Special Purpose Drill Bits
In addition to the most common types of bits listed above, there is also a large variety of unique bits that make easy work of certain specialized operations. While most of these are readily available at your local home center or hardware store, others are a bit more difficult to find. • Long Bits can be a real “lifesaver” when you need to drill deep holes or holes through extremely thick pieces of stock. 12” long twist-style bits are easy to find...but long brad points are another story. Although the latter are available in lengths of 10”, 12” and even 18”, you’ll have to do some searching to find a source.
• Screw Drills are unique, “triple-function” bits that drill a tapered pilot hole for the screw threads, a countersink for the screw head and (if you prefer) a counterbore to accept a wooden plug that’s glued into place to hide the screw in certain types of projects. They’re available individually for screw sizes from #5 through #12...or in complete sets and most are fully adjustable for screw length as well as countersink and counterbore depth. They’re real time-savers and are well worth the investment if you use a lot of screws to hold your projects together. They work equally well in a drill press or portable electric drill.
If you’re not using Screw Drills to bore pilot holes, counterbores and countersinks, it’s important that you know what size of hole to drill for which sized screw. Here’s a handy table that provides that valuable information.
• Vix Bits are the best choice for ensuring that your hardware mounting screw holes match-up exactly on-center with the holes in the hardware. Just hold your hardware in position on the workpiece and use your portable electric drill to bore the mounting holes. Each bit features a spring-loaded plunger with a tapered end that matches the countersink in your hinge or other piece of hardware. As you push your bit into the workpiece, the plunger end keeps your hole perfectly on-center. Pretty nifty !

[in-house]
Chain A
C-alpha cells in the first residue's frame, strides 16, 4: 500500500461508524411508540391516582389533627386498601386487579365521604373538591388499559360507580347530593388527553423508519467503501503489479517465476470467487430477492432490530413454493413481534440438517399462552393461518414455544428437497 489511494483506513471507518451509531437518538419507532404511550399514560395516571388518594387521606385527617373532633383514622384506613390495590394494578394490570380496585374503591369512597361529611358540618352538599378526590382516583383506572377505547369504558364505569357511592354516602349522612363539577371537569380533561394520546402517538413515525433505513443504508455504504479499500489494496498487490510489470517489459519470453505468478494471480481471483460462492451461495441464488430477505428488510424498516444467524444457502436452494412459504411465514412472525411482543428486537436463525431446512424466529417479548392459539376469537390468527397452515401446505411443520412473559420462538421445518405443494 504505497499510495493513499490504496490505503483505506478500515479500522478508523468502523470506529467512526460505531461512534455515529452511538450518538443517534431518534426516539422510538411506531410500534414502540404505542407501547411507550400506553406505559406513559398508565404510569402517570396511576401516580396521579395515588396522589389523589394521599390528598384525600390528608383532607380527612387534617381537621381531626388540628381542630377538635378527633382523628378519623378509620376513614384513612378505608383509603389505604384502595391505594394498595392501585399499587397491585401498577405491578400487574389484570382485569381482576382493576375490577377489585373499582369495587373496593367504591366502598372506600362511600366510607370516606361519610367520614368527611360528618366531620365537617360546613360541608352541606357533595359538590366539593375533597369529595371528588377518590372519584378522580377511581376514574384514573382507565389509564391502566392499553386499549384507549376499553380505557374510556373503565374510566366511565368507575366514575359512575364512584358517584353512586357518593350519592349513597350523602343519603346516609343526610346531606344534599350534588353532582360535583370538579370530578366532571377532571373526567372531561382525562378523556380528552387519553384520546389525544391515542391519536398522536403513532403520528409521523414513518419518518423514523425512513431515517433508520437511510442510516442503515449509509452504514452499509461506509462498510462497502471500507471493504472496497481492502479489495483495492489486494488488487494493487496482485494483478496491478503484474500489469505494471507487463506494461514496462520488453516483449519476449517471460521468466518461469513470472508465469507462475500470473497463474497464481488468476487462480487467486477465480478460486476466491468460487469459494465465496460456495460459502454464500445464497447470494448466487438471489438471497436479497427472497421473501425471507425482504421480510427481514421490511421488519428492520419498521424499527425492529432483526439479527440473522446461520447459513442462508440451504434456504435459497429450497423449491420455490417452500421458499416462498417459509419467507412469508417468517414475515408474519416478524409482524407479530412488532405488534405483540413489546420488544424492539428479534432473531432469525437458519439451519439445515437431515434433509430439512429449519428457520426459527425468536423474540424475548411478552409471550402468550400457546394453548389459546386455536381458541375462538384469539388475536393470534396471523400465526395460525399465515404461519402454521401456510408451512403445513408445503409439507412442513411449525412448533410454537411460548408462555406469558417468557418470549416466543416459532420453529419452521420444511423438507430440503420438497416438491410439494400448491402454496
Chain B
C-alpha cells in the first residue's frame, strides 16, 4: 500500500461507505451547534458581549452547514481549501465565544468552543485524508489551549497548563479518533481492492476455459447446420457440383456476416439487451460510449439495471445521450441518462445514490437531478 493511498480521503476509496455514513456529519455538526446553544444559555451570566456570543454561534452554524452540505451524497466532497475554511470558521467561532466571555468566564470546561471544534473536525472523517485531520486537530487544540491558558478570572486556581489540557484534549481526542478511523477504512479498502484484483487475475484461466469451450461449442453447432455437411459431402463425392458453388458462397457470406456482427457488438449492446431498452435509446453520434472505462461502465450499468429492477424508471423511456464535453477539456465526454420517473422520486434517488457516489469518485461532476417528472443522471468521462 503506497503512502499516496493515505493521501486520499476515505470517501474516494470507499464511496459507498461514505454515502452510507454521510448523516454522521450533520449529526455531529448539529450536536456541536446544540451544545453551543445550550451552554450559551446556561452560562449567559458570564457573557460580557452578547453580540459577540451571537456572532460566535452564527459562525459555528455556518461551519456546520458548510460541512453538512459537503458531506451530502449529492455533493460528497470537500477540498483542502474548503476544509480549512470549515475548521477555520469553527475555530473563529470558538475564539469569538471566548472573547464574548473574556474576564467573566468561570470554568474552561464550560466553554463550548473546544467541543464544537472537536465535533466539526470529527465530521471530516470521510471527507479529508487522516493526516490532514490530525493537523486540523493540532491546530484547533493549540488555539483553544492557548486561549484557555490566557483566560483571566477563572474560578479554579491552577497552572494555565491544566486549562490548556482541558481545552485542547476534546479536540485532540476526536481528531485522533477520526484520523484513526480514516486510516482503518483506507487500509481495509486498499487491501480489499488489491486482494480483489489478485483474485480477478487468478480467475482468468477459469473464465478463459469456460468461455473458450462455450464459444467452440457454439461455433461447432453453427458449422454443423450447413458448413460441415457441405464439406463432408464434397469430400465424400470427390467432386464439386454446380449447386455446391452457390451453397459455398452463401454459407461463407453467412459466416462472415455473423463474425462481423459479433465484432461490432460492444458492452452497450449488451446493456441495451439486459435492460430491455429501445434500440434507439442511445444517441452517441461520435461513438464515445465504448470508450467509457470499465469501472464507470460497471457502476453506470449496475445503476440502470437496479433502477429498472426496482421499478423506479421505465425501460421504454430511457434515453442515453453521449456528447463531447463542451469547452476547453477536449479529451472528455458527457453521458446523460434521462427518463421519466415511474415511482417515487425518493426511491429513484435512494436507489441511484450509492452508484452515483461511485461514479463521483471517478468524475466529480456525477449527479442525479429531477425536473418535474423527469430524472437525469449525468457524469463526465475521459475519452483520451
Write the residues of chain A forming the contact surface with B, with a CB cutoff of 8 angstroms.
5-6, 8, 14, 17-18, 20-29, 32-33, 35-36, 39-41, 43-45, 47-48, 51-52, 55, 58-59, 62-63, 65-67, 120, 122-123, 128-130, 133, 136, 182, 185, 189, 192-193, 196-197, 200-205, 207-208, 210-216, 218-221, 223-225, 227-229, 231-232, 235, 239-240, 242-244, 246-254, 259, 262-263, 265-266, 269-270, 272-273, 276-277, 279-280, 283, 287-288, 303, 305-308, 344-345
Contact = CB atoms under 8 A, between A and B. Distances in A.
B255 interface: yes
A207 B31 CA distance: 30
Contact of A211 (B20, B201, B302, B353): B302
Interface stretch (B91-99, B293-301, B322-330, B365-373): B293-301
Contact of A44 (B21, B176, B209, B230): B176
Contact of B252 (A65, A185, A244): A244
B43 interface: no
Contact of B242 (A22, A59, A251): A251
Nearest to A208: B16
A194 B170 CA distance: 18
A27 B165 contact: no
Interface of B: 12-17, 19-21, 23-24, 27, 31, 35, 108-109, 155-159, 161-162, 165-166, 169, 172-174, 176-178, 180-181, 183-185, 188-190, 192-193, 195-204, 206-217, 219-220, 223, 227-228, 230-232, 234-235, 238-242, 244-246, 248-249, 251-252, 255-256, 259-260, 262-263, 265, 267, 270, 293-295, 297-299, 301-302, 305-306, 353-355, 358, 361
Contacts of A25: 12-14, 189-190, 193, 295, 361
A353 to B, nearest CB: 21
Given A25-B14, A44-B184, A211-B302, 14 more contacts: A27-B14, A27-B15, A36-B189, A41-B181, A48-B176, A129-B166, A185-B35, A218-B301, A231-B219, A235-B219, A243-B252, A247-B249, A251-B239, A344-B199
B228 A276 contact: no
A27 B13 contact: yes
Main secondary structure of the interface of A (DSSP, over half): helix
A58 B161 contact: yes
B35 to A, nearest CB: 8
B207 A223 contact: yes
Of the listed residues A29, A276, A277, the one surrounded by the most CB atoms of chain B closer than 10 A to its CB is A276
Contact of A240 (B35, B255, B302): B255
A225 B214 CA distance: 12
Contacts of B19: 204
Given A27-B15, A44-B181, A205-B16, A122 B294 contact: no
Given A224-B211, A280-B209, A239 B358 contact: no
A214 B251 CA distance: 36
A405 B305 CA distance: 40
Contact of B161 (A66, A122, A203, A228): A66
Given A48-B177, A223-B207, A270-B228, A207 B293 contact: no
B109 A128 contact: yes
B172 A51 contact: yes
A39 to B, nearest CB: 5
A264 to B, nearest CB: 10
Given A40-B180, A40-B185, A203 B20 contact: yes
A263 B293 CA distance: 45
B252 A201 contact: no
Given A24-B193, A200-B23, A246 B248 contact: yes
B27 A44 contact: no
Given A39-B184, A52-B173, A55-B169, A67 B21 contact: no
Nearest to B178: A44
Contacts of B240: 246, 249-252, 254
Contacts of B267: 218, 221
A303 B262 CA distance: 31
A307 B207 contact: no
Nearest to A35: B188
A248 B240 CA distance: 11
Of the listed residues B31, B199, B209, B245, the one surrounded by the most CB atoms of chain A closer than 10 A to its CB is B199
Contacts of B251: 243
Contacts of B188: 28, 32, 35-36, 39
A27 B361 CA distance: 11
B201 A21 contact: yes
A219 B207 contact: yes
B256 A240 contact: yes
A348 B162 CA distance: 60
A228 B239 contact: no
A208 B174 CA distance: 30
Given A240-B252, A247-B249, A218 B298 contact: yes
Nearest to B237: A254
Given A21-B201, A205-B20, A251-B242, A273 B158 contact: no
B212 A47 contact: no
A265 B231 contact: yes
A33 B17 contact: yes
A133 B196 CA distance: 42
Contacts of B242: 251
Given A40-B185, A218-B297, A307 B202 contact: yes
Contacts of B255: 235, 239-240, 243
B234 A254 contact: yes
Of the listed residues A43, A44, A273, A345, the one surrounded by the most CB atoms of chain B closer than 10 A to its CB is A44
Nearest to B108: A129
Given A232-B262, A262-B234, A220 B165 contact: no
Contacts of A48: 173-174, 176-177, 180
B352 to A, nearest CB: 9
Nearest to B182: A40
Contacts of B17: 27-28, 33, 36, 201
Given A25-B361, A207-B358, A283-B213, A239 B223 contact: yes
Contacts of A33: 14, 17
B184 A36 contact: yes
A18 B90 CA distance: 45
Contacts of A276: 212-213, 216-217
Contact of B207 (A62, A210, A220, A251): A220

• Hole Saws are the best choice for cutting large diameter holes. They’re readily available at most home centers and hardware stores in sizes up to about 3”. They feature a center pilot drill to help you locate the center of your hole and keep it on-target throughout the boring process. As a result, they can be used in a drill press or in a portable electric drill. They’re also available in standard (shallow) or deep boring models that will go through 2” or thicker lumber in a single pass – and with regular steel sawing teeth or with carbide teeth for boring through tough woods and non-ferrous metals. • Plastic Bits resemble standard twist-style bits...except they have a steeper, 60-degree point that provides a larger cutting lip for more surface area and improved performance when cutting through all types of plastics. This steeper point minimizes the chances of grabbing and chipping during the drilling process. • Glass Bits are made of solid carbide and feature a spear-point shaped tip that will bore a super smooth hole through all types of glass. They should be used exclusively in a drill press at slow speeds. For best results, build a small, circular “dam” around the hole location with plumber’s putty (stainless putty). Pour in a small amount of turpentine and start drilling. Feed the bit very slowly into the hole. Take your time and don’t rush the process.